BORGER: Well, wait a minute. But our polls show voters are angry; they’re fearful. They’re frustrated, not only about domestic policy like a rollout of the president’s healthcare reform but also on the handling of Ebola and ISIS. So you know, the question is, how do you fix that? I mean, the public isn’t with you on that.
BIDEN: Two issues. What the republic — the public is concerned and frightened because it’s a frightening world. A lot has happened. And what happens, Gloria, is on every one of these crisis, there’s all kinds of attention, understandably, from Twitter to major programs like yours.
But what happens is when the follow-up occurs, there’s not much follow-up. For example, when — when the Russians invaded, crossed the border into Ukraine, it was, “My God, it’s over, and things are going to” — you know, “Why’d they do it? To stop an election from occurring. To keep Ukraine from moving west.” But all those things happened. We put it under control. Still a problem.
BORGER; So the public shouldn’t be anxious about Ebola or ISIS?
BIDEN: No. No, I think the public should not be as anxious as they are, but it’s understandable why they are. There is no existential threat to the United States right now. There are fewer than five cases of Ebola in the entire United States of America.
The American public is gaining confidence in the fact — in the way this is being handled, that science does matter.
You look at what’s happening with ISIS. ISIS is not an existential threat to something — happening to someone in the United States of America. It’s a serious problem overseas. But it’s confusing and frightening. And it’s totally understandable. We’ve got to figure out — we, the president and I, have to figure out
how to better communicate exactly what’s being done. That’s part of the problem. That’s part of the dilemma.
BORGER: Let’s move to 2016 and you.
BORGER: I need to ask you, of course, where is your head right now on a — on a race?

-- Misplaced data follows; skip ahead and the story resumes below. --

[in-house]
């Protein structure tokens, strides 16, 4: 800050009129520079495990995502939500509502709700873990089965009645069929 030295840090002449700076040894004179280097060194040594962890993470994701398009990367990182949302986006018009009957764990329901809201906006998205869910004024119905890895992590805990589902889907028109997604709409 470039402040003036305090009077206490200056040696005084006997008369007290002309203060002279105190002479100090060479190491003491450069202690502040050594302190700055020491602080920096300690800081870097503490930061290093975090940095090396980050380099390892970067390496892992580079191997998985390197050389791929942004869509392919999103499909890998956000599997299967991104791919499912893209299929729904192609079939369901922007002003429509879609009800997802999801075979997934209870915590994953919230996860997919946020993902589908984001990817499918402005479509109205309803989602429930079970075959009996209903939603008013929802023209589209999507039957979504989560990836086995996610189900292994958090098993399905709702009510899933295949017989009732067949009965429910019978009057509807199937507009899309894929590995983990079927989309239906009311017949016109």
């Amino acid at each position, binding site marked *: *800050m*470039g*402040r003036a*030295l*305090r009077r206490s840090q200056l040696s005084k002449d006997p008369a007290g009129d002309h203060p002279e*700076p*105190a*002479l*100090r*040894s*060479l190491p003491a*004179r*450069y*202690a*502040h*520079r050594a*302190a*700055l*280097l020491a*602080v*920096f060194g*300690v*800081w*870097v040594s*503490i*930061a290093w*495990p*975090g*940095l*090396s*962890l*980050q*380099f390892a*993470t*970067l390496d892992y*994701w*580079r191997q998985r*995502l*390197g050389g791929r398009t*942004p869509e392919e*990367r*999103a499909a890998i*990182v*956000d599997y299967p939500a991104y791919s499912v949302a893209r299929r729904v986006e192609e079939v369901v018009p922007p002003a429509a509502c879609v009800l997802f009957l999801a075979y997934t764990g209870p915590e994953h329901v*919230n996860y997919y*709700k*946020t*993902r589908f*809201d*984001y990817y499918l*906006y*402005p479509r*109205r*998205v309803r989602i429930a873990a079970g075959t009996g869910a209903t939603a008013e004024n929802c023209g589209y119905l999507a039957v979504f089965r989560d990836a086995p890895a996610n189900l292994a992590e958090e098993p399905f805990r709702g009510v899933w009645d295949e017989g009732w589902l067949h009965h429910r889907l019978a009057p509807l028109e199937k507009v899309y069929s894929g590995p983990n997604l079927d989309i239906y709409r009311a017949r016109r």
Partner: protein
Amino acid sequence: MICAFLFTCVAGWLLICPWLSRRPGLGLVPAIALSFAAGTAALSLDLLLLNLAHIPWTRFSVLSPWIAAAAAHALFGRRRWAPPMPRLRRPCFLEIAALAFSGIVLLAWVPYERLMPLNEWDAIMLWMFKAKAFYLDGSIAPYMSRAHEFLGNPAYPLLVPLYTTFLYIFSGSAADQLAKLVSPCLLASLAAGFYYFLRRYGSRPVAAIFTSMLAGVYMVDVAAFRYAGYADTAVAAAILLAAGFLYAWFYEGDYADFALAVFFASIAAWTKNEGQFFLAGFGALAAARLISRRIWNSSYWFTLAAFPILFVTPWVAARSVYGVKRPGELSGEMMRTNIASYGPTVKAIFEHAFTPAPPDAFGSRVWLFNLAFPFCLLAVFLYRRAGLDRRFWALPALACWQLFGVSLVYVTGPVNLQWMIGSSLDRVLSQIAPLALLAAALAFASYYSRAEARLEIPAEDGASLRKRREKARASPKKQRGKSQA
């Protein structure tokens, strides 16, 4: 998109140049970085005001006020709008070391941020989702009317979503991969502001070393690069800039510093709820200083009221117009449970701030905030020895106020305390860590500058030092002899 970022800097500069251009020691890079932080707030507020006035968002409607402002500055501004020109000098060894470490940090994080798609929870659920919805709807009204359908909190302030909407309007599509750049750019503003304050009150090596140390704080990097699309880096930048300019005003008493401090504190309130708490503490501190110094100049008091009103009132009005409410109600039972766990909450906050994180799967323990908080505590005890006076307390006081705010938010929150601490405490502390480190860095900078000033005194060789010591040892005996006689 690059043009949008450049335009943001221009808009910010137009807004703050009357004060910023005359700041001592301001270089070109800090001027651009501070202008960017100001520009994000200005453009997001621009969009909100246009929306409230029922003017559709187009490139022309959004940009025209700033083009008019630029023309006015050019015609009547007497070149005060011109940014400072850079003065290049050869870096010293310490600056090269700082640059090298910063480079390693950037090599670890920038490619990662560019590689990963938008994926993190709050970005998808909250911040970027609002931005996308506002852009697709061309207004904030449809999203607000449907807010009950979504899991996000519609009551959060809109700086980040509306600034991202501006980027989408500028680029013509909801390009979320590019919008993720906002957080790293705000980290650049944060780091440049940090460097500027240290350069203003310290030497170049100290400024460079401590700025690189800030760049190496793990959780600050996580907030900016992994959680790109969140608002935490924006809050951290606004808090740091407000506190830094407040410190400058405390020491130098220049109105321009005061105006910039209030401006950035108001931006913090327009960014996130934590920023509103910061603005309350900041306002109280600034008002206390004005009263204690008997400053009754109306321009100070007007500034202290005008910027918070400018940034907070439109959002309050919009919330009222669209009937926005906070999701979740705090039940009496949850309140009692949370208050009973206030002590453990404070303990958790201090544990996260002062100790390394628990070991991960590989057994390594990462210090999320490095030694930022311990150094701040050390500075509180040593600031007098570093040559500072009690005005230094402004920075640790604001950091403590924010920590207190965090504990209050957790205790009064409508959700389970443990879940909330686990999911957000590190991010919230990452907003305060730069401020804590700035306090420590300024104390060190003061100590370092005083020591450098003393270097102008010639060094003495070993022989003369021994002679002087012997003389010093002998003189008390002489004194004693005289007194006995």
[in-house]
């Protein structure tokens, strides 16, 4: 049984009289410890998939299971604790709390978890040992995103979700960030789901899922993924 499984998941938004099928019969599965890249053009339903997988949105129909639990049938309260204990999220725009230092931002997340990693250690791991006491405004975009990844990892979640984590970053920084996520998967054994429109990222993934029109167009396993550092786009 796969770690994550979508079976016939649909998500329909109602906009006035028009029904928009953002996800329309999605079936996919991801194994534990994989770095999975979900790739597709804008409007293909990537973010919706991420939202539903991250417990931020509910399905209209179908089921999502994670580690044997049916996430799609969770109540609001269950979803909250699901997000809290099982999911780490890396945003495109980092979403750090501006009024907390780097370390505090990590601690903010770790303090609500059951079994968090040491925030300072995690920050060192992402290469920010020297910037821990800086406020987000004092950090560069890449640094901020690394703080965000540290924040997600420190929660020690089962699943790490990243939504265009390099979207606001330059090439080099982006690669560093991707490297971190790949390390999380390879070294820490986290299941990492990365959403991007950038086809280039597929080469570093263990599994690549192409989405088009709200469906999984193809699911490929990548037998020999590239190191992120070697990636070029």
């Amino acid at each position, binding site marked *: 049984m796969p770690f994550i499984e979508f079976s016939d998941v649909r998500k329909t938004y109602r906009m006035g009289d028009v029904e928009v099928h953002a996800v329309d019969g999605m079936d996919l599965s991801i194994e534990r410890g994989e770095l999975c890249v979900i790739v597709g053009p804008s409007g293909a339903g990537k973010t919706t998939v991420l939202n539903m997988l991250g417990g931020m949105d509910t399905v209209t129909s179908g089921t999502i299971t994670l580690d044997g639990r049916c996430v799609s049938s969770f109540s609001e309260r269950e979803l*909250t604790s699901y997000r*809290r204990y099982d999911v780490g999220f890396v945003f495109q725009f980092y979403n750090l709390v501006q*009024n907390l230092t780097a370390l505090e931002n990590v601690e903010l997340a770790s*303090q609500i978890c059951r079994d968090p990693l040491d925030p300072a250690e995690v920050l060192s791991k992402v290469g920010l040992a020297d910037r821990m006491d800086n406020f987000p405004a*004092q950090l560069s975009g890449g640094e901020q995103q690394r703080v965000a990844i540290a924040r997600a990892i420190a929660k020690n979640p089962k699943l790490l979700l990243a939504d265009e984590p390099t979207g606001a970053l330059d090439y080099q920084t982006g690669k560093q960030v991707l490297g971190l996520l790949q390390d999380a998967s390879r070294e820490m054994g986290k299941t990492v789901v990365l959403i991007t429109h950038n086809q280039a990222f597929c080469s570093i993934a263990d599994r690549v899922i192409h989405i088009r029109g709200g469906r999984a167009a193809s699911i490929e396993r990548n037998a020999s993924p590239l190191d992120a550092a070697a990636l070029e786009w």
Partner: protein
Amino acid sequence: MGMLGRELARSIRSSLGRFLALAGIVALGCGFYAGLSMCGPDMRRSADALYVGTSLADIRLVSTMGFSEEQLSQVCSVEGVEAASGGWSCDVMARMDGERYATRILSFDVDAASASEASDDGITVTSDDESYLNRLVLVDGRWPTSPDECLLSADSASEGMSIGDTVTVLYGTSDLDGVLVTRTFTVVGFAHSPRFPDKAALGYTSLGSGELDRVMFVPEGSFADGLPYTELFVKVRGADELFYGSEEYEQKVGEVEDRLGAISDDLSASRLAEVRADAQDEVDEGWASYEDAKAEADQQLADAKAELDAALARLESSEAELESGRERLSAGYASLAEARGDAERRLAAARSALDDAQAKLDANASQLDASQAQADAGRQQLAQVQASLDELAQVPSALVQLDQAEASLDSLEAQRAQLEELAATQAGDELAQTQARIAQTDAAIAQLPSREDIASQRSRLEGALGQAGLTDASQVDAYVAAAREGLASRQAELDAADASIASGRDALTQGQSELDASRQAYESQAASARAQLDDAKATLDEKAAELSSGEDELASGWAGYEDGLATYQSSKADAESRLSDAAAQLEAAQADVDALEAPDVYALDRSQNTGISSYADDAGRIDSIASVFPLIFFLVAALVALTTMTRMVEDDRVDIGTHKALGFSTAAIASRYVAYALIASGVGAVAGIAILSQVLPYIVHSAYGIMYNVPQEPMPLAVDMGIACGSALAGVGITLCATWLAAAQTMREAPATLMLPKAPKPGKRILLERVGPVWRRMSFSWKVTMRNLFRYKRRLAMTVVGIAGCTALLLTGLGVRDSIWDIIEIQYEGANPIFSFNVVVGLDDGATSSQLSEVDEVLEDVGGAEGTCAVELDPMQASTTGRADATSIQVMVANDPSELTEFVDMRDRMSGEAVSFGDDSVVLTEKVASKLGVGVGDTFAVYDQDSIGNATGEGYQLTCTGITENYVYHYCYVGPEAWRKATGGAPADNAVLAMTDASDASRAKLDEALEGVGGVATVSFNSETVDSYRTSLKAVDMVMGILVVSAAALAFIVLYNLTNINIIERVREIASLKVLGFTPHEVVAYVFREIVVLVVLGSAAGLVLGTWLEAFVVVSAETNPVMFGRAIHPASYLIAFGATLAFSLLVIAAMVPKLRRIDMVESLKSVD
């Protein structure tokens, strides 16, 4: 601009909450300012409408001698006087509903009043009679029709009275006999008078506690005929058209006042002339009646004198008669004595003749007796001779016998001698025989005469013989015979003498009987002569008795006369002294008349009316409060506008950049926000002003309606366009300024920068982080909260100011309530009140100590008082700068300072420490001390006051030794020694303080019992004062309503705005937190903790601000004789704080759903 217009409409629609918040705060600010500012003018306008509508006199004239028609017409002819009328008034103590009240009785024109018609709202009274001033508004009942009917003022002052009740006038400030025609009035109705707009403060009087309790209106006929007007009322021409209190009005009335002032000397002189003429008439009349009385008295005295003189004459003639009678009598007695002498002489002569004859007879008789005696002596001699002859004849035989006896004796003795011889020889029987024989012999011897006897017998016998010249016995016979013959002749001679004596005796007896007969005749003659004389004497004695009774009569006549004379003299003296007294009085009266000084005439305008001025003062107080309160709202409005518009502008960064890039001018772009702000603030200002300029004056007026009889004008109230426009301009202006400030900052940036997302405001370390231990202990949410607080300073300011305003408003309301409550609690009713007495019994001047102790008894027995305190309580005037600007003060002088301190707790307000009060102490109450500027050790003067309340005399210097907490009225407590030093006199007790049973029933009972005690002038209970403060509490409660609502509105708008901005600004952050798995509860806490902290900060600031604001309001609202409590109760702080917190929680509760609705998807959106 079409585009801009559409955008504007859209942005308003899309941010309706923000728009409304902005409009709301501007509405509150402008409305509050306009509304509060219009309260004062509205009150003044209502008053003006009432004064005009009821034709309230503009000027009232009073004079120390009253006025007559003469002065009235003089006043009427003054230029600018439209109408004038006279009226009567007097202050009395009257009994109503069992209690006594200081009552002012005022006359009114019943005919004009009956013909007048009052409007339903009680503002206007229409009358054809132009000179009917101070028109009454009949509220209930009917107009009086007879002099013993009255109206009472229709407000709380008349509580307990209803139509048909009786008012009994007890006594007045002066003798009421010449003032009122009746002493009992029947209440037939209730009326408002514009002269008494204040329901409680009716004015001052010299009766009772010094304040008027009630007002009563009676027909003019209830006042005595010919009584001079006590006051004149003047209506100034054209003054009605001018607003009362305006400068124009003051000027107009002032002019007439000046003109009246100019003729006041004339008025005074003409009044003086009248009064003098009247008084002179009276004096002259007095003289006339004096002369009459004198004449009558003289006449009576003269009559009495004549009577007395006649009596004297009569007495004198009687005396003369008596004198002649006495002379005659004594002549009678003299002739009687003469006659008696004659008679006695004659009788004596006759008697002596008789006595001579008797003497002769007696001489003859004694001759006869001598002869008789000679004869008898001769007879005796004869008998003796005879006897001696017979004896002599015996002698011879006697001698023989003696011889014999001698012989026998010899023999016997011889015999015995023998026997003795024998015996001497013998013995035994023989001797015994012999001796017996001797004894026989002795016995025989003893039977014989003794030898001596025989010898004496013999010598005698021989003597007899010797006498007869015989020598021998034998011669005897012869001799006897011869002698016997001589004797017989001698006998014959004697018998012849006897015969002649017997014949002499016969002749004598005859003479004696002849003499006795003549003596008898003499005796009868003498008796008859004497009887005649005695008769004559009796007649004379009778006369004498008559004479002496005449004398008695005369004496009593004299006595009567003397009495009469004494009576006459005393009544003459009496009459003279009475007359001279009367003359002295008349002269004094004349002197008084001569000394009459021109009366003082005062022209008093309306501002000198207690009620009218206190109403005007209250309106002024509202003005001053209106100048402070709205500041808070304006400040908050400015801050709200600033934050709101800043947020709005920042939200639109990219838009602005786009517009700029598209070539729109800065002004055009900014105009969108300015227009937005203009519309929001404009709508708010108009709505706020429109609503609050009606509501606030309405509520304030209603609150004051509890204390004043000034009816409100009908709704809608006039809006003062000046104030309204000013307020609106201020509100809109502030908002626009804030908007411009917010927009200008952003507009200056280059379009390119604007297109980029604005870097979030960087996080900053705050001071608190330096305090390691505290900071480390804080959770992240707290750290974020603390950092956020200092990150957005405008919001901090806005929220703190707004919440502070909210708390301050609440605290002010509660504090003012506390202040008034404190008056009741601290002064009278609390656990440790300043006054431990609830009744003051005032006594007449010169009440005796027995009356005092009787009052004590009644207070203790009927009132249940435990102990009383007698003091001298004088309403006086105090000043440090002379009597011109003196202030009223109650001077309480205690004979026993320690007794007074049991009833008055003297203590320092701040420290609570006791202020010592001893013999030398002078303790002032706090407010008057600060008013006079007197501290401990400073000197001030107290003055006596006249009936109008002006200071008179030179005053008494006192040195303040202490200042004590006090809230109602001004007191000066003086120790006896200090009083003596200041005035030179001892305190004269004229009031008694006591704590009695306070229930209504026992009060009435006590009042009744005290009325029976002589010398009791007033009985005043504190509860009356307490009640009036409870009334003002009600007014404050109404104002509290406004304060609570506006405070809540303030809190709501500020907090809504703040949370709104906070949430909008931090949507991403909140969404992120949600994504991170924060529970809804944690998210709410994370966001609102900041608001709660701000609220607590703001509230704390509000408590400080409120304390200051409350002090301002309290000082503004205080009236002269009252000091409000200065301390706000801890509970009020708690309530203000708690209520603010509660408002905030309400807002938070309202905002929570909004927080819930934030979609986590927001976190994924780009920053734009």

BIDEN: It’s my job. There’s plenty of time to make that decision.
BORGER: There is?
BIDEN: No, there really is. I mean, look, everybody talks about how, you know, everything is going to be done by the summer. And I don’t see that at all. I’m confident and if I decide and I haven’t made a decision.
BORGER: What is it, 50-50, 60-40?
BIDEN: It’s — I just haven’t focused on — I haven’t made up my mind what I’m going to do.
BORGER: It’s not about Hillary?
BIDEN: It really is not. I mean, you know me too well. I mean, if I run, I’m confident I will be able to mount a campaign that can be financed, and it will be credible and it will be serious.
BORGER: Would you run if she runs?
BIDEN: Absolutely. That’s not the reason not to run or to run. The question is, am I — am I convinced I am best positioned of anyone else to lead the country the next four years?
BORGER: Are you?
BIDEN: That’s a decision I have to make.
BORGER: Everybody is talking about Hillary, Hillary, Hillary. Doesn’t that kind of annoy you to a degree?
BIDEN: Not at all. I mean, it really — I know you know me well. It really doesn’t bother me at all. What I am focused on, for real — I know I sound, more than I say. It doesn’t sound real.
BIDEN: That no, but I honest to God have not made up my mind. It’s just that basic, that simple.